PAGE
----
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About the same time in the summer, Brasidas set out on his march for the Thracian places with seventeen hundred heavy infantry, and arriving at Heraclea in Trachis, from thence sent on a messenger to his friends at Pharsalus, to ask them to conduct himself and his army through the country. Accordingly there came to Melitia in Achaia Panaerus, Dorus, Hippolochidas, Torylaus, and Strophacus, the Chalcidian Proxenus, under whose escort he resumed his march, being accompanied also by other Thessalians, among whom was Niconidas from Larissa, a friend of Perdiccas. It was never very easy to traverse Thessaly without an escort; and throughout all Hellas for an armed force to pass without leave through
Thessaly (Greece) (search for this): book 4, chapter 78
Larissa, a friend of Perdiccas. It was never very easy to traverse Thessaly without an escort; and throughout all Hellas for an armed force to pass without leave through customary close oligarchy there had been a constitutional government in Thessaly, he would never have been able to proceed; since even as it was, he wason an unexpected victor. Brasidas himself added that he came as a friend to Thessaly and its inhabitants; his arms not being directed against them but again Thessalian escort went back, and the Perrhaebians, who are subjects of Thessaly, set him down at Dium in the dominions of Perdiccas, a Macedonian town ly, set him down at Dium in the dominions of Perdiccas, a Macedonian town under Mount Olympus, looking towards Thessaly.
Pharsalos (Greece) (search for this): book 4, chapter 78
s set out on his march for the Thracian places with seventeen hundred heavy infantry, and arriving at Heraclea in Trachis, from thence sent on a messenger to his friends at Pharsalus, to ask them to conduct himself and his army through the country. Accordingly there came to Melitia in Achaia Panaerus, Dorus, Hippolochidas, Torylaus, and Strophacus, the Chal pushed on without halting, before a greater force might gather to prevent him. Thus in the day that he set out from Melitia he performed the whole distance to Pharsalus, and encamped on the river Apidanus; and so to Phacium, and from thence to Perrhaebia. Here his Thessalian escort went back, and the Perrhaebians, who are subjects of Thessaly, set him down at D
Heraclea (Italy) (search for this): book 4, chapter 78
About the same time in the summer, Brasidas set out on his march for the Thracian places with seventeen hundred heavy infantry, and arriving at Heraclea in Trachis, from thence sent on a messenger to his friends at Pharsalus, to ask them to conduct himself and his army through the country. Accordingly there came to Melitia in Achaia Panaerus, Dorus, Hippolochidas, Torylaus, and Strophacus, the Chalcidian Proxenus, under whose escort he resumed his march, being accompanied also by other Thessalians, among whom was Niconidas from Larissa, a friend of Perdiccas. It was never very easy to traverse Thessaly without an escort; and throughout all Hellas for an armed force to pass without leave through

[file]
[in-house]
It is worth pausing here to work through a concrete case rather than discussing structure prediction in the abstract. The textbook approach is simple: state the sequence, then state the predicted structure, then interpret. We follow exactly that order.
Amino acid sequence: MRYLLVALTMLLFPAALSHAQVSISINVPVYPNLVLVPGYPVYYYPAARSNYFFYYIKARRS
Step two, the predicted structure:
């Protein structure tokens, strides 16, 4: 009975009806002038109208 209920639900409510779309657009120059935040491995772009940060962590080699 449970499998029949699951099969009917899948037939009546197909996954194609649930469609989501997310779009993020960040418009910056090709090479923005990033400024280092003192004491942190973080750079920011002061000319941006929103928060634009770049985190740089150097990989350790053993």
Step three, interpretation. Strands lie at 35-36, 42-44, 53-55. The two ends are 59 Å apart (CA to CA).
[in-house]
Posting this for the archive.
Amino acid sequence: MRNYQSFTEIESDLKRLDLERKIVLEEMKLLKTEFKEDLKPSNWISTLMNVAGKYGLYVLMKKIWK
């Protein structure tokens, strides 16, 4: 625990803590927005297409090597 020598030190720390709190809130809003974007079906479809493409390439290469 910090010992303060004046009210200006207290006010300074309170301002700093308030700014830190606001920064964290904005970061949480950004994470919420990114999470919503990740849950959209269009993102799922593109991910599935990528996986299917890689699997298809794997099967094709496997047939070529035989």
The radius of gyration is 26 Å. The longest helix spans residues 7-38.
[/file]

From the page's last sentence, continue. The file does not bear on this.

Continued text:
to prevent the two nations having access to each other's territory, he neither would nor could proceed against their wishes; he could only beg them not to stop him. With this answer they went away, and he took the advice of his escort, and pushed on without halting, before a greater force might gather to prevent him. Thus in the day that he set out from Melitia he performed the whole distance to Pharsalus, and encamped on the river Apidanus; and so to Phacium, and from thence to Perrhaebia. Here his Thessalian escort went back, and the Perrhaebians, who are subjects of Thessaly, set him down at Dium in the dominions of Perdiccas, a Macedonian town under Mount Olympus, looking towards Thessaly.
Greece (Greece) (search for this): book 4, chapter 78
. Accordingly there came to Melitia in Achaia Panaerus, Dorus, Hippolochidas, Torylaus, and Strophacus, the Chalcidian Proxenus, under whose escort he resumed his march, being accompanied also by other Thessalians, among whom was Niconidas from Larissa, a friend of Perdiccas. It was never very easy to traverse Thessaly without an escort; and throughout all Hellas for an armed force to pass without leave through a neighbour's country, was a delicate step to take. Besides this the Thessalian people had always sympathized with the Athenians. Indeed if instead of the customary close oligarchy there had been a constitutional government in Thessaly, he would never have been able to proceed; since even as it was, he w